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BaldEagle
05-08-04, 09:40 AM
Abu Ghraib and the Academic Left
Reporting from Cumberland, Md., the New York Times profiles some of the soldiers implicated in abuse of Iraqi prisoners at Abu Ghraib, and to be honest, they sound like a bunch of losers:

Specialist Charles A. Graner Jr. is a guard at one of Pennsylvania's most heavily secured death row prisons, accused by his former wife of violent behavior.

Pfc. Lynndie R. England was married and divorced before she was 21, worked at a chicken-processing plant in West Virginia and wanted to attend college to become a storm-chasing meteorologist.

http://graphics7.nytimes.com/images/2004/05/06/national/06guard.england.jpg Pfc. Lynndie R. England, who flashed a thumbs-up sign for some of the Abu Ghraib photos, relaxing at her parents' home last year.


And Staff Sgt. Ivan Frederick, another prison guard, planned to quit the Army Reserve this year to spend more time fishing near his rural home in central Virginia. But he did not get out soon enough. . . .


http://graphics7.nytimes.com/images/2004/05/05/national/guard.184.4.650.jpg
Sergeant Frederick, who is expected to face courts-martial in the abuse of prisoners at Abu Ghraib, is shown with Iraqi police officers in a photograph that he sent his family.



Specialist Graner, who wears a Marine Corps eagle tattoo on his right arm, served in the corps from April 1988 until May 1996, when he left with the rank of corporal, according to military records. He went to work immediately at the State Correctional Institution Greene, in southwestern Pennsylvania, where he has held an entry-level corrections officer position ever since.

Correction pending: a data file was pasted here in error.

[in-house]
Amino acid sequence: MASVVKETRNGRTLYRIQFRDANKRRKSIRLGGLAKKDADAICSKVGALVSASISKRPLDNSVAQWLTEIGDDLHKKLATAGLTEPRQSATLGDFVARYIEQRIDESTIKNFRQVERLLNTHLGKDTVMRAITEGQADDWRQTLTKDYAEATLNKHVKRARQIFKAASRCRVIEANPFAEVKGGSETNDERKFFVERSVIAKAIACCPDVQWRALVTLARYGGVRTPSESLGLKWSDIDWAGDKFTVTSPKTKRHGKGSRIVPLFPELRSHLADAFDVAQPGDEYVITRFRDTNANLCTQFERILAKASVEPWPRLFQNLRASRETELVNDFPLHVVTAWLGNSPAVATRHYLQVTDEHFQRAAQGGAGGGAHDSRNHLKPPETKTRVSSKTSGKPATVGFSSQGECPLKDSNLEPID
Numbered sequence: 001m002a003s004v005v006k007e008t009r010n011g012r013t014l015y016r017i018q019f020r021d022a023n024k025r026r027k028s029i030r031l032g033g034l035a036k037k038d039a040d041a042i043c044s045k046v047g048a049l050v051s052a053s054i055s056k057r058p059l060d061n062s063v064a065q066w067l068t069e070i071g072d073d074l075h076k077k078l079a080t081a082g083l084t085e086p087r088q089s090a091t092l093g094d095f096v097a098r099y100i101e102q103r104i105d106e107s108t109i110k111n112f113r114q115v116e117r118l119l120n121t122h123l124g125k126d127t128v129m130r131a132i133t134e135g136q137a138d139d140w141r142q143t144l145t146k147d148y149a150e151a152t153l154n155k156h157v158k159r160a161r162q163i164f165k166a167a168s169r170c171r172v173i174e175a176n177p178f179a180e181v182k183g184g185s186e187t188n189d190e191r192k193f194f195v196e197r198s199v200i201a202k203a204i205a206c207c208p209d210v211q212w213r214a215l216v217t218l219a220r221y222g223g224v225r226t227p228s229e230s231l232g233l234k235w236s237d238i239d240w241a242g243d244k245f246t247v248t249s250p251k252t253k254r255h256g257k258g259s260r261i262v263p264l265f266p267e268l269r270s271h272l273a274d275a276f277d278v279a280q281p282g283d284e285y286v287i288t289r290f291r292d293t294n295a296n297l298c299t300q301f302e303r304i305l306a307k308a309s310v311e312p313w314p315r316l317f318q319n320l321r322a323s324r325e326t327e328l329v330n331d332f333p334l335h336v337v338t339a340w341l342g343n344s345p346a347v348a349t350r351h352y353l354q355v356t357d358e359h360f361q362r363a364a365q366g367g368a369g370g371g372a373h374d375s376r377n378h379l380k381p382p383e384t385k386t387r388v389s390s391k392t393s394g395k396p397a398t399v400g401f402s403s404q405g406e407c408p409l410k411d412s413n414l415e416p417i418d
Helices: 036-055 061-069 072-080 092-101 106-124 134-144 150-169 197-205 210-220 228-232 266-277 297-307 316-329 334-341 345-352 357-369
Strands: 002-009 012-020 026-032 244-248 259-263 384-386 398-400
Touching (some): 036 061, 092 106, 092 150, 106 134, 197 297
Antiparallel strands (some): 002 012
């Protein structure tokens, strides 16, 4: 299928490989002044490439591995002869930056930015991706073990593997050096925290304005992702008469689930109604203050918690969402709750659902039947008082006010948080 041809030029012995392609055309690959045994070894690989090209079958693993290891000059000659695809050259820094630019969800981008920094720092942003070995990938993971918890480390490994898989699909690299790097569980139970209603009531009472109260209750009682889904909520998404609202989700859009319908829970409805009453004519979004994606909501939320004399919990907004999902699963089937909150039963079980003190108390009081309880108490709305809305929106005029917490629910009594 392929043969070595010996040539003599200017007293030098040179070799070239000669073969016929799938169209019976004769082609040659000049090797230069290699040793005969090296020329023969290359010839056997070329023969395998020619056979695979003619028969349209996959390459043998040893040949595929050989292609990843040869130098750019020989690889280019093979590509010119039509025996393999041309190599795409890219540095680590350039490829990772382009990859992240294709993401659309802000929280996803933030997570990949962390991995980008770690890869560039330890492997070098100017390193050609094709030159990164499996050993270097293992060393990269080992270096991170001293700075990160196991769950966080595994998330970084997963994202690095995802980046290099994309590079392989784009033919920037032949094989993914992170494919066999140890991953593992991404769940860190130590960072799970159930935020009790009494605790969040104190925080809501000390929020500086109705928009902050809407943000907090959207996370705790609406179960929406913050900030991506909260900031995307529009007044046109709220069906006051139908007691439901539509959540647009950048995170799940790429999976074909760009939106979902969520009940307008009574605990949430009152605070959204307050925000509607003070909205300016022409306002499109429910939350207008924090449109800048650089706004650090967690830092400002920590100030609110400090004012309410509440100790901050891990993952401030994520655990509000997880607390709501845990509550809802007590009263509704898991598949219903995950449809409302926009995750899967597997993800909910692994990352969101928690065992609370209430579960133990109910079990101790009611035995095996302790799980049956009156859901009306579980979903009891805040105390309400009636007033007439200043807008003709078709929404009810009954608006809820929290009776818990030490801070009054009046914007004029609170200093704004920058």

Two years after he arrived at Greene, the prison was at the center of an abuse scandal. Prison officials declined to say whether Specialist Graner had been disciplined in that case, citing privacy laws.

Inmates and advocates for prisoner rights asserted in 1998 that guards at the prison routinely beat and humiliated prisoners, including through a sadistic game of Simon Says in which guards struck prisoners who failed to comply with barked instructions.

After an investigation, the warden was transferred, two lieutenants were fired and about two dozen guards were reprimanded, demoted or suspended.

Specialist Graner was involved in a bitter divorce. In court papers, his wife, Staci, accused him of beating her, threatening her with guns, stalking her after they separated in 1997 and breaking into her home. Since 1997, local judges have issued at least three orders of protection against him, records show.

No doubt many people enter the military and successfully overcome troubled lives. But it also occurs to us that increasing the quality of military recruits would probably help avoid future Abu Ghraibs. One constructive step toward that end would be for elite universities to drop antimilitary policies, so that the military would have an easier time signing up the best and brightest young Americans.

Many academic institutions have barred ROTC or military recruiters from campus for left-wing political reasons--first as a protest against the Vietnam War, and later over the Clinton-era "don't ask, don't tell" law. Whatever the merits of these positions, it's time the academic left showed some patriotic responsibility and acknowledged that the defense of the country--which includes the defense of their own academic freedom--is more important than the issue du jour.

BaldEagle
05-08-04, 09:42 AM
May 6, 2004 <br />
THE PRISON GUARDS <br />
Abuse Charges Bring Anguish in Unit's Home <br />
By JAMES DAO and PAUL von ZIELBAUER <br />
<br />
CUMBERLAND, Md., May 5 Specialist Charles A. Graner Jr. is a guard at one of...

namgrunt
05-08-04, 11:09 AM
Definately not the brightest bulbs in the pack, that is for sure.